We had a theatre full of parents from our school district last week and my message to them was clear: I need your help in line at Safeway and on the sidelines of the soccer fields.
The Safeway and soccer fields message is one I have delivered before. Parents in our community have been outstanding advocates for our local public education system. We can create shiny brochures or interactive websites, but parents want the straight goods from other parents, whether they run into them at the grocery store or at their kids’ practice. I credit positive word-of-mouth for being a key reason for our increase in enrollment over the last decade. The conversations I was asking parents to assist with this time are different. I need their help with revised curriculum that is being rolled out across British Columbia – first in K-9 and then grades 10-12. As I wrote in my last post, there is tremendous positive energy among educators as they work together embracing the new curriculum, and often new approaches, to meet the needs of students.
Positive momentum among educators is great, but I was reminded by Ron Canuel, Chief Executive Officer of the Canadian Education Association that this is not enough. In a presentation he gave recently, he spoke about changes that were made in Quebec with curriculum a number of years ago. In many ways the shifts resembled those we are making in B.C. He said that the community was never properly brought along on the journey, and the changes were temporary, not permanent, and a more traditional curriculum returned.
So far British Columbia seems to be making the right moves. The curriculum has been co-constructed by educators from across the province, and I have sat in many sessions with post-secondary institutions, the business community and others as the shifts in B.C. curriculum were dissected and where those in the room helped inform the discussion and the changes.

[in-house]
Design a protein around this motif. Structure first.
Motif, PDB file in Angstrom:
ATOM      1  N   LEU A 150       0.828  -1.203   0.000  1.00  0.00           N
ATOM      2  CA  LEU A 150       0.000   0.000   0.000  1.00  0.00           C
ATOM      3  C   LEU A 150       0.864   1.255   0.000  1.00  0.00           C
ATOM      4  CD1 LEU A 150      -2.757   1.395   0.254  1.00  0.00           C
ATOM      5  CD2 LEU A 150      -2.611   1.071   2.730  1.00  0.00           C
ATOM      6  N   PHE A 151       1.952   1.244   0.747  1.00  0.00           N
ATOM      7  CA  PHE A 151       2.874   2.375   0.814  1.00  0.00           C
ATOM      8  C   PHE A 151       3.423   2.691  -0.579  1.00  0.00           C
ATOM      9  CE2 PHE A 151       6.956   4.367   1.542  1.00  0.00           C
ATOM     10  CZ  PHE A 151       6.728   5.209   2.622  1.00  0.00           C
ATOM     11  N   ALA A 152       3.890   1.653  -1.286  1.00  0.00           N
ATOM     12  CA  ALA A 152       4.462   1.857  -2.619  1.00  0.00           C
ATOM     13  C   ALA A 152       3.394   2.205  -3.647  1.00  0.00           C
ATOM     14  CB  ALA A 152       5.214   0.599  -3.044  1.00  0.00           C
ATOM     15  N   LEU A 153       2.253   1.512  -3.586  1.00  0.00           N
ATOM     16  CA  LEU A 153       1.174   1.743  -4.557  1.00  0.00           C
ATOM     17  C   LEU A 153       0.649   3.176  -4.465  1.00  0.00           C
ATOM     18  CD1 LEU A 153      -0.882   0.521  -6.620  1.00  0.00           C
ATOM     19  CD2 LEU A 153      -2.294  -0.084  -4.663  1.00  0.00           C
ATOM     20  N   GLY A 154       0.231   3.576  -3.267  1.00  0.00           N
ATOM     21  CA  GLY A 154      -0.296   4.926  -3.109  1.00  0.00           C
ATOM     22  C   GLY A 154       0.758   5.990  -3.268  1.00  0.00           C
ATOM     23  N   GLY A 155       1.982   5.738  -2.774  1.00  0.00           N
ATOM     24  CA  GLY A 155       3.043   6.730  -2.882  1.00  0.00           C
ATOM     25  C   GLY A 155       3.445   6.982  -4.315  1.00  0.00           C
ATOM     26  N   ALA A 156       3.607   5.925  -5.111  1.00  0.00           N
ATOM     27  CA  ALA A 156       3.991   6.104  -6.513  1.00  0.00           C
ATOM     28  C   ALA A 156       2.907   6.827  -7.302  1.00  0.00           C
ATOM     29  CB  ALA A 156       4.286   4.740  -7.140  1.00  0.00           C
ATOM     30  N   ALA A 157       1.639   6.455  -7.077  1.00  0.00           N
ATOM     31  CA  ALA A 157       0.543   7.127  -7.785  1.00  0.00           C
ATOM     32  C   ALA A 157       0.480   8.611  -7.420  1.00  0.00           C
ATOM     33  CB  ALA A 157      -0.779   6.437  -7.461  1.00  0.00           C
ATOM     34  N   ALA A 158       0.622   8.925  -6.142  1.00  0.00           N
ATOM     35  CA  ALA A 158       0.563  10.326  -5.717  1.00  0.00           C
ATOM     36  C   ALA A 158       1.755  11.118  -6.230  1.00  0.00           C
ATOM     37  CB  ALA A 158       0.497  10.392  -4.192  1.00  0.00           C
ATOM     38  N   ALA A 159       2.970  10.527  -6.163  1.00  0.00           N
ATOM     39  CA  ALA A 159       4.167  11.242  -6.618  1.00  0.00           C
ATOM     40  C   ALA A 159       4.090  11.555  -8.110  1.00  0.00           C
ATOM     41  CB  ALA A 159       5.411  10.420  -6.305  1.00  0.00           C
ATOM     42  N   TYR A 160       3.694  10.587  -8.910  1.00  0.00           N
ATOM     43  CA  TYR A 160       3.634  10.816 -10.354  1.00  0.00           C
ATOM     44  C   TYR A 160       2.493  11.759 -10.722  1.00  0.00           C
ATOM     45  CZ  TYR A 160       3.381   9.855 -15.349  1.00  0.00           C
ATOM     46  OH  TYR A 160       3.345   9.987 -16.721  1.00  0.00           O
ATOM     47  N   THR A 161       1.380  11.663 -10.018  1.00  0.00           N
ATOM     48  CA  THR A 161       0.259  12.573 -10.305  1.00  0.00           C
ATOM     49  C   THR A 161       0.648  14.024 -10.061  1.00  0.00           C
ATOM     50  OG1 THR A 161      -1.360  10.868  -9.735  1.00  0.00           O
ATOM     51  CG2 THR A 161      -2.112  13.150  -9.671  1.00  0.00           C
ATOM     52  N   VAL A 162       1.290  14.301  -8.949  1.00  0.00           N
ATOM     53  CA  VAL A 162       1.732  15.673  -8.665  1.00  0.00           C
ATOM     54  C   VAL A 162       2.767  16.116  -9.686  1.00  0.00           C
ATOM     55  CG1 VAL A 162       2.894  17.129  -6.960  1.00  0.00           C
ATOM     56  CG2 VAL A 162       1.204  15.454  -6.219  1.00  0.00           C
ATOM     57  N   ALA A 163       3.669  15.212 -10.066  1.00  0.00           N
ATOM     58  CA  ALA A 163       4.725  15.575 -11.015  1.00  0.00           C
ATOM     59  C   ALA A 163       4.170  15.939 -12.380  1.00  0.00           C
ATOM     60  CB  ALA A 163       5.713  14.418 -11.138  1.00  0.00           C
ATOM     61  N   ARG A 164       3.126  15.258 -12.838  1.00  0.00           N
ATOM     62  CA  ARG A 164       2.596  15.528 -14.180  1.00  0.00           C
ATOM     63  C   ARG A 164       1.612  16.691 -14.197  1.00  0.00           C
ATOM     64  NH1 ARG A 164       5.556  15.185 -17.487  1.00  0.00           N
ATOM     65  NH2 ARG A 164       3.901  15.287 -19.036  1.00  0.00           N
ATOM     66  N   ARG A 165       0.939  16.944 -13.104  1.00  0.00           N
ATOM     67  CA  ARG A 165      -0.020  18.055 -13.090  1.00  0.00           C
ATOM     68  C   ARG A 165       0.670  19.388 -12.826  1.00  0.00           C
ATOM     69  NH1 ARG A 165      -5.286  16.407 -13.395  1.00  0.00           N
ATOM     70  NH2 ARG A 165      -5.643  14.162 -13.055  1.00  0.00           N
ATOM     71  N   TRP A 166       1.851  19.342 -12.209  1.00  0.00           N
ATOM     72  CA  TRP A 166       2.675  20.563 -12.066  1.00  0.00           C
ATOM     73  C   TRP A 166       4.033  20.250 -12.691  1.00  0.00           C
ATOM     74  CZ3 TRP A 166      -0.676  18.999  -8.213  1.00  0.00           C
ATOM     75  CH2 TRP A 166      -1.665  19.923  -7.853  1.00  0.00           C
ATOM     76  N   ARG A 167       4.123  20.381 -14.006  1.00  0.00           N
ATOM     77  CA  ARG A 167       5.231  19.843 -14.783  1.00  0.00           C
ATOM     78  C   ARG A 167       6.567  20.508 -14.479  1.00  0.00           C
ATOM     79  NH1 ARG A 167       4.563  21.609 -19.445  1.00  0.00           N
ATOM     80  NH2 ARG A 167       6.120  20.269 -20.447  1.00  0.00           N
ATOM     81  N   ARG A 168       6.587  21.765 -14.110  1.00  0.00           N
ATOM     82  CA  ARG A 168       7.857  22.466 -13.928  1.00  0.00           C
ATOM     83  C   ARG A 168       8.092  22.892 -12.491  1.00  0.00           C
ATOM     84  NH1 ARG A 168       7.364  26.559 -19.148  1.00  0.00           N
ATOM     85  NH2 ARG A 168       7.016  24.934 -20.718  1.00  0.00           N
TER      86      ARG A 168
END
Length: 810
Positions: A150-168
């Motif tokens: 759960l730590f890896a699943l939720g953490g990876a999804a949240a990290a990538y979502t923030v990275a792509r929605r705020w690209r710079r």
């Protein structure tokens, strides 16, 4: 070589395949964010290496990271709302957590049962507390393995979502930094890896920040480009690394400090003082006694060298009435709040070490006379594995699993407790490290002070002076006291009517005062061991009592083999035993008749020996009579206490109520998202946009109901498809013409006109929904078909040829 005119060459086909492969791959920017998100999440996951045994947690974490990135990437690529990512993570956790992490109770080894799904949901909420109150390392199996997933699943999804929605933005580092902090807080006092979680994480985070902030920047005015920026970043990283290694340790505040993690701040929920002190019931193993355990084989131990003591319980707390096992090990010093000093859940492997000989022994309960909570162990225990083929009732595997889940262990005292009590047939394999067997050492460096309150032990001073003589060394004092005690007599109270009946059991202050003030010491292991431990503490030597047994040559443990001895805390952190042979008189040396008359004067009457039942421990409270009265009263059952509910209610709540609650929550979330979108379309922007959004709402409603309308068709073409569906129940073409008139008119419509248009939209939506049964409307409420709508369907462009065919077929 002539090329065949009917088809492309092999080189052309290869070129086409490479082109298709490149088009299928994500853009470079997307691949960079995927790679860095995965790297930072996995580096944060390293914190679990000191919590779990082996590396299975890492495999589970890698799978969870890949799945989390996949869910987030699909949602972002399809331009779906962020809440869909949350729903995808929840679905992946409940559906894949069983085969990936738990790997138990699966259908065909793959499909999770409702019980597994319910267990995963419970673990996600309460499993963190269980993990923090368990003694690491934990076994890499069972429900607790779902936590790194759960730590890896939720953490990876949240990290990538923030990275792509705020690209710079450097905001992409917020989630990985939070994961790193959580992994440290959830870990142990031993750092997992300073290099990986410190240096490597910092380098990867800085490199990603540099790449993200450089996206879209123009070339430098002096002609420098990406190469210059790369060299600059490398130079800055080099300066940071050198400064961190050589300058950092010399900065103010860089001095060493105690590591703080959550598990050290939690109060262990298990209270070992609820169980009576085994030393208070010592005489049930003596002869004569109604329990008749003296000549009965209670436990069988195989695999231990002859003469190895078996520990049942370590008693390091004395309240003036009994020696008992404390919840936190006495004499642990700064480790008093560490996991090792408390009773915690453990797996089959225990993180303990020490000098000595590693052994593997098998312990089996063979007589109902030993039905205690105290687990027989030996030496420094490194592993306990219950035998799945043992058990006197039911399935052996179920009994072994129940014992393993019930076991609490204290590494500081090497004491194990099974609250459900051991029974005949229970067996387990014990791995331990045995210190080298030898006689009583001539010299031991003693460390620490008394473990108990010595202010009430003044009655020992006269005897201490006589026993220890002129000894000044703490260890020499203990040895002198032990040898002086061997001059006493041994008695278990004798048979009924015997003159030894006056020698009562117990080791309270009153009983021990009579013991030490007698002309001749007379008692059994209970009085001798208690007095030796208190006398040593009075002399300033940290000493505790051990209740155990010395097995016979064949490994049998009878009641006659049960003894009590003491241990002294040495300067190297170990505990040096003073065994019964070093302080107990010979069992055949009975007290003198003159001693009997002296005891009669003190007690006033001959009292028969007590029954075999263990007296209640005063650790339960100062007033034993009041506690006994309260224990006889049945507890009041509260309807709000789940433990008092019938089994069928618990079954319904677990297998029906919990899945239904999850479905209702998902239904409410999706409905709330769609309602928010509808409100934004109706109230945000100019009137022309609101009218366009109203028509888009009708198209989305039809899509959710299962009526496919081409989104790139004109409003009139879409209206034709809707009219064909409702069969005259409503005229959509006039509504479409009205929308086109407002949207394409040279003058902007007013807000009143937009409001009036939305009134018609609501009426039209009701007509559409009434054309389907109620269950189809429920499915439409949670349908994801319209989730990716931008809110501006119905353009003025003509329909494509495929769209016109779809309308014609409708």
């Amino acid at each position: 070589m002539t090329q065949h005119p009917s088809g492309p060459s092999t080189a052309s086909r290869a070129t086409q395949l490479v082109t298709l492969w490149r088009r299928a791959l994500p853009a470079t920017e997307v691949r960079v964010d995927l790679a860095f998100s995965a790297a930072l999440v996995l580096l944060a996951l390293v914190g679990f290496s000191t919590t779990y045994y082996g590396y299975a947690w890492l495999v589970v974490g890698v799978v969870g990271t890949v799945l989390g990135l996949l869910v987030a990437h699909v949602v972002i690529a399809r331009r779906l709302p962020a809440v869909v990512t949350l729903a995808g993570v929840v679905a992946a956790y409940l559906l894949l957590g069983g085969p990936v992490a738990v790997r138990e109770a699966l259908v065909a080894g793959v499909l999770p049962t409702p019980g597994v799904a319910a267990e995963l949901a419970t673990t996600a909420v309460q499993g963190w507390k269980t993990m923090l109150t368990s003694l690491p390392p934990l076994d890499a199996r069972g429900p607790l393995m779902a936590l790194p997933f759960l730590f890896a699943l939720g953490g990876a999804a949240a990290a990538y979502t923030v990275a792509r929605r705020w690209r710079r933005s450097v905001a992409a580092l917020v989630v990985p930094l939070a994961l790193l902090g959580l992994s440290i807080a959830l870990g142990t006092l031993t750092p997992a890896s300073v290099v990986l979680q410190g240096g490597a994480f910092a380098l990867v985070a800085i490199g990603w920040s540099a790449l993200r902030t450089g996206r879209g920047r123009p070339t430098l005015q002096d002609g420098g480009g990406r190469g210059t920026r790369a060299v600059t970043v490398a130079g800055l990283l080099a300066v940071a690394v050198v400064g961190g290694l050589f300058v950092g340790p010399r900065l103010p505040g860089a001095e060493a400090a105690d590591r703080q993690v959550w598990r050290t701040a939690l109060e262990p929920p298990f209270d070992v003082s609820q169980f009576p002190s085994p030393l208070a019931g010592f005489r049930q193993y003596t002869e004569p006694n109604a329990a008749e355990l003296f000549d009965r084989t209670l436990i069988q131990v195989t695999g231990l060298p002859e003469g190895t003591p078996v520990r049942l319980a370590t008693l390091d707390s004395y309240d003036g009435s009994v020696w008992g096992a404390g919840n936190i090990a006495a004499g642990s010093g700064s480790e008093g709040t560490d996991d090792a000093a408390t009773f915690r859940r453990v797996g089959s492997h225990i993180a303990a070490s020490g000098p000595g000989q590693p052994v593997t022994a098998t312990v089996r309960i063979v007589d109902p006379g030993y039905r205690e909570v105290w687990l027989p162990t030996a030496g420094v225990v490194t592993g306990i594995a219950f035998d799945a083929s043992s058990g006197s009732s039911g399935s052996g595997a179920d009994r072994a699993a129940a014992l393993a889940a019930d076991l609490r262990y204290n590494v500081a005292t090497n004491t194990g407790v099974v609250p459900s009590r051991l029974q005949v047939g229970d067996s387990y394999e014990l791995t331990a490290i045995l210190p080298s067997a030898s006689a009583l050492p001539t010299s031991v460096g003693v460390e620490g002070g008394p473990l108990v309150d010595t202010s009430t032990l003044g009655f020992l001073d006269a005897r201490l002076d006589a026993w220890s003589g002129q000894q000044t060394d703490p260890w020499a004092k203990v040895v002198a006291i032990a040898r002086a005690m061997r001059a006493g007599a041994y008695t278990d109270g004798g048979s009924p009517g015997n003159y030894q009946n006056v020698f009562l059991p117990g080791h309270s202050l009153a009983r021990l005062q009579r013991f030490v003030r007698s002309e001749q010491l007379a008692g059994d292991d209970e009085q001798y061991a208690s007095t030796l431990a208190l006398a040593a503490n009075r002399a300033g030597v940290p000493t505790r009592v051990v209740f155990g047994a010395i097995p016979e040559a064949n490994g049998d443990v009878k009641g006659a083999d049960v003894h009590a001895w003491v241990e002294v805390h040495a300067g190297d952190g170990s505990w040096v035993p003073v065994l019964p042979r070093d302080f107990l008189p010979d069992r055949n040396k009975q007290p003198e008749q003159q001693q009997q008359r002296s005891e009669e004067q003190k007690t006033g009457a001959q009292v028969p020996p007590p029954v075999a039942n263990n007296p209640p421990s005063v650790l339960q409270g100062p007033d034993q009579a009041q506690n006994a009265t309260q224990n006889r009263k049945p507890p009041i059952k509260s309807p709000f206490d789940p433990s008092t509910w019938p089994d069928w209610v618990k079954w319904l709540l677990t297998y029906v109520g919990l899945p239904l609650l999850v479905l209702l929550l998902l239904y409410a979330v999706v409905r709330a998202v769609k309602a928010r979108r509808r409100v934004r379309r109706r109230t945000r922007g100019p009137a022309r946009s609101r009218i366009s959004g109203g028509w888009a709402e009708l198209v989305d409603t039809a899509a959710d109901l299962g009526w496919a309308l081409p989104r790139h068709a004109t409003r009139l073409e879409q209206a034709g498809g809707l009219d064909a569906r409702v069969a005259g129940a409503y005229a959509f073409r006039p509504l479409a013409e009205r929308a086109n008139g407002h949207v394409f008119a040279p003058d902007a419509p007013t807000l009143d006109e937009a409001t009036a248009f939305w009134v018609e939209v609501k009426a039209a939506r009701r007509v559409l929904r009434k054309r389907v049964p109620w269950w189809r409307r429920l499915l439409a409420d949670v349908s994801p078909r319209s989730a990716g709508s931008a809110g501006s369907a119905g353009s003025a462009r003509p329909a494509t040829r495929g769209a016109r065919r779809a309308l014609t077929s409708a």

But back to Safeway and the soccer fields. The task I gave our parents is to share some key messages around the curriculum and be myth busters in the community.
Some the messages include:
- we are working from a position of strength – we have one of the highest performing systems in the world
- foundation skills in literacy and numeracy are still vital and they are not going away with the changes
- incorporating Aboriginal perspectives, applying real-life situations to learning, focusing on big ideas and developing core competencies are not new ideas but they are better reflected now in our curriculum
- as curriculum shifts, so will assessment and reporting and the K-12 system is working with the post-secondary system and others to ensure there is alignment
The session we held last week with parents was inspiring. Our Director of Instruction Lynne Tomlinson spoke about “B.C.’s Curriculum from 30,000 feet” and then 4 teams of school administrators shared different aspects of the work. While the rich discussion was an obvious highlight, I have included the presentations below – please feel free to use them and share them (if you receive this post via email you may need to open the website to see the presentations).
Curriculum Refresh from 30,000 Feet – Lynne Tomlinson, Director of Instruction
Foundation Skills – What are we Still Doing? – Chantal Trudeau and Kim Grimwood
Big Ideas / Central Ideas – Jeannette Laursoo and Tara Zielinski
Core Competencies – Scott Slater and Cathie Ratz
Aboriginal Learning – Steve Rauh and Scott Wallace
Coming off of a couple of days of planning with our teachers, and our session with parents, my belief has been reaffirmed that this is a very exciting time for learning in our province.